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tv   French Influence on 1790s Philadelphia  CSPAN  April 17, 2016 12:30pm-12:51pm EDT

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hopkins university history professor talks about five aristocrats who fled the french revolution and the early 1790's and settled in philadelphia. we will hear about french influence on the then american capital and the relationships these men formed with political figures of the early republic. c-span's american history tv interviewed mr. furstenberg at the 2016 meeting of american historians in providence rhode island. this is about 15 minutes. your book focuses on five french aristocrats, who were they? these were upper-level aristocrats. they descended from the highest level of the french nobility. all of them are liberals who had participated in the early stages of the french revolution. until it became too radical and
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a sense for them and they were forced to flee the country. ,or the five that i focused on all who came to the united istes, the most famous today one who later became the french foreign minister under napoleon. he spent a couple years in the united states. he had been an archbishop in the french church and he was the person actually who proposed the nationalization of church land during the french revolution. duke whoigure was the was lafayette's brother-in-law. he had actually participated in the american revolution. he had fought alongside lafayette and washington. he had gone back to france to lead some of the noble reforms here it he in fact, provided -- presided over the constitution assembly on the night that it was formally abolished in france. he was a charming guy. he was a wonderful dancer. he was supposed to be marie antoinette dance partner.
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teach on the women. there was a travel writer, and intellectual, and he later became a senator in france. and onwritten on egypt the middle east. he became an influential thinker under napoleon. another duke, one of the wealthiest aristocrats and old regime france. he had massive landholders. he also participated in these reforms in the french revolution. he came to the u.s. and was sort of moody, sort of depressed. he wrote a lot. he went on these travels around the back countries. he wrote eight volumes on his travels. he kept a diary while in philadelphia, where he expresses his own sadness about being exiled from france and from his family. his wife was still in france. who was not someone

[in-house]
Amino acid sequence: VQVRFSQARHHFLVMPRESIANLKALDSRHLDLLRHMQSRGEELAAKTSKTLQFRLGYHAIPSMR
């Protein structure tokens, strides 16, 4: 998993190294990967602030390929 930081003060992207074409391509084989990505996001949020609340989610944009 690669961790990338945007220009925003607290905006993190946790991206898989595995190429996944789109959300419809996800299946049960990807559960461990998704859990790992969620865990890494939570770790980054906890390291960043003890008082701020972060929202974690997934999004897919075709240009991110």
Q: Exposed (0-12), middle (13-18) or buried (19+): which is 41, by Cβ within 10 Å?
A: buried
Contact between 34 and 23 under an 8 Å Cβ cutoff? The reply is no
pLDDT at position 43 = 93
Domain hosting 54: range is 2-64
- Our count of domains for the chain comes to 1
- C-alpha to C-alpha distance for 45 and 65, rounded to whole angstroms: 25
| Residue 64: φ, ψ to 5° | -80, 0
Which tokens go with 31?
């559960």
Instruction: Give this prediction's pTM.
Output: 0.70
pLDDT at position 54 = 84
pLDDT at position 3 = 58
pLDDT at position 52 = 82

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an aristocrat actually, but he socialize with them and he had also been in the constituent assembly along with them. he came with his family. he was the only figure to come with his family. he opened a bookstore in philadelphia, which became a center of french social life and intellectual life in philadelphia. a kind of have of this french world that emerge in philadelphia in 1790. men know one another and come together, or did they come separately. another,ad known one they have been political allies, but came separately. they had different routes. one came to england. in fact, they had friends in england among the liberal nobility. they had planned to spend their time in england, but once t england and france went to work together, they were forced to flee to the united states. others came directly to united states. and once they came here, they
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knew they heard immediately about each other, and they had a social life together. of intimatehis sort community and french philadelphia, these aristocratic liberal refugees. >> about what time are they arriving in the united states? >> they came after war between france and britain started. so they came in 1792. 1792-1793. they spent those years, these incredibly turbulent years in the atlantic world. the french revolution is causing wars across europe. and the united states was in a state of major political turmoil over the response to the french revolution. parties in the saints, the jeffersonian party, which become the democratic party and what would eventually become the federalist party performing precisely in response to the french revolution. or how the u.s. should take a response.
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or just in terms of popular opinion, there's were strongly in support of the french revolution and those who were thengly in opposition to french revolution. the last major event that was continued into all the turmoil with the haitian revolution, which started in 1791 and was continuing in these years. this major uprising of slaves in the northern plantations, which eventually turned into a revolution. against slavery itself. thousands of french, white and colored fled into the united states. there were people pouring into that united states during these years of the 1790's. frenchsaid that the revolution had become too radical for these men. what was happening in the french revolution drove them away? why do you call them refugees? or did they see themselves that way?